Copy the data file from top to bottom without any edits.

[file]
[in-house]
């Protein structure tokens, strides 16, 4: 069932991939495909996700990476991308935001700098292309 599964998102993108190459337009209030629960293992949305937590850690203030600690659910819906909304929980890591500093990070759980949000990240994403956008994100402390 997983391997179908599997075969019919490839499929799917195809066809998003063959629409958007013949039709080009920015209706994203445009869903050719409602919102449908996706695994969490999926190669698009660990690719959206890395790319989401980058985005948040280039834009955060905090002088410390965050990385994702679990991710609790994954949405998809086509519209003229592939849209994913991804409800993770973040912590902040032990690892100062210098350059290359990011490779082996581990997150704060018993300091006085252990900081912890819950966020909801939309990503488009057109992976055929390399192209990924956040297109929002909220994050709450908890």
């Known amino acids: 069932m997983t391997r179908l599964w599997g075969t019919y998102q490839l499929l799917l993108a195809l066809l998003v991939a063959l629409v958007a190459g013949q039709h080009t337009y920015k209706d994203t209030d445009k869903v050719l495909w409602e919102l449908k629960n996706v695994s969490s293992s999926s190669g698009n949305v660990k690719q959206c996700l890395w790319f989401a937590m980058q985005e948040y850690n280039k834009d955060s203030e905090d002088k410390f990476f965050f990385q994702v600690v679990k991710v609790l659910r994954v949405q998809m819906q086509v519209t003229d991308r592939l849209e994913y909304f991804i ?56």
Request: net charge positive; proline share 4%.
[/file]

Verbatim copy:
[in-house]
């Protein structure tokens, strides 16, 4: 069932991939495909996700990476991308935001700098292309 599964998102993108190459337009209030629960293992949305937590850690203030600690659910819906909304929980890591500093990070759980949000990240994403956008994100402390 997983391997179908599997075969019919490839499929799917195809066809998003063959629409958007013949039709080009920015209706994203445009869903050719409602919102449908996706695994969490999926190669698009660990690719959206890395790319989401980058985005948040280039834009955060905090002088410390965050990385994702679990991710609790994954949405998809086509519209003229592939849209994913991804409800993770973040912590902040032990690892100062210098350059290359990011490779082996581990997150704060018993300091006085252990900081912890819950966020909801939309990503488009057109992976055929390399192209990924956040297109929002909220994050709450908890």
């Known amino acids: 069932m997983t391997r179908l599964w599997g075969t019919y998102q490839l499929l799917l993108a195809l066809l998003v991939a063959l629409v958007a190459g013949q039709h080009t337009y920015k209706d994203t209030d445009k869903v050719l495909w409602e919102l449908k629960n996706v695994s969490s293992s999926s190669g698009n949305v660990k690719q959206c996700l890395w790319f989401a937590m980058q985005e948040y850690n280039k834009d955060s203030e905090d002088k410390f990476f965050f990385q994702v600690v679990k991710v609790l659910r994954v949405q998809m819906q086509v519209t003229d991308r592939l849209e994913y909304f991804i ?56």
Request: net charge positive; proline share 4%.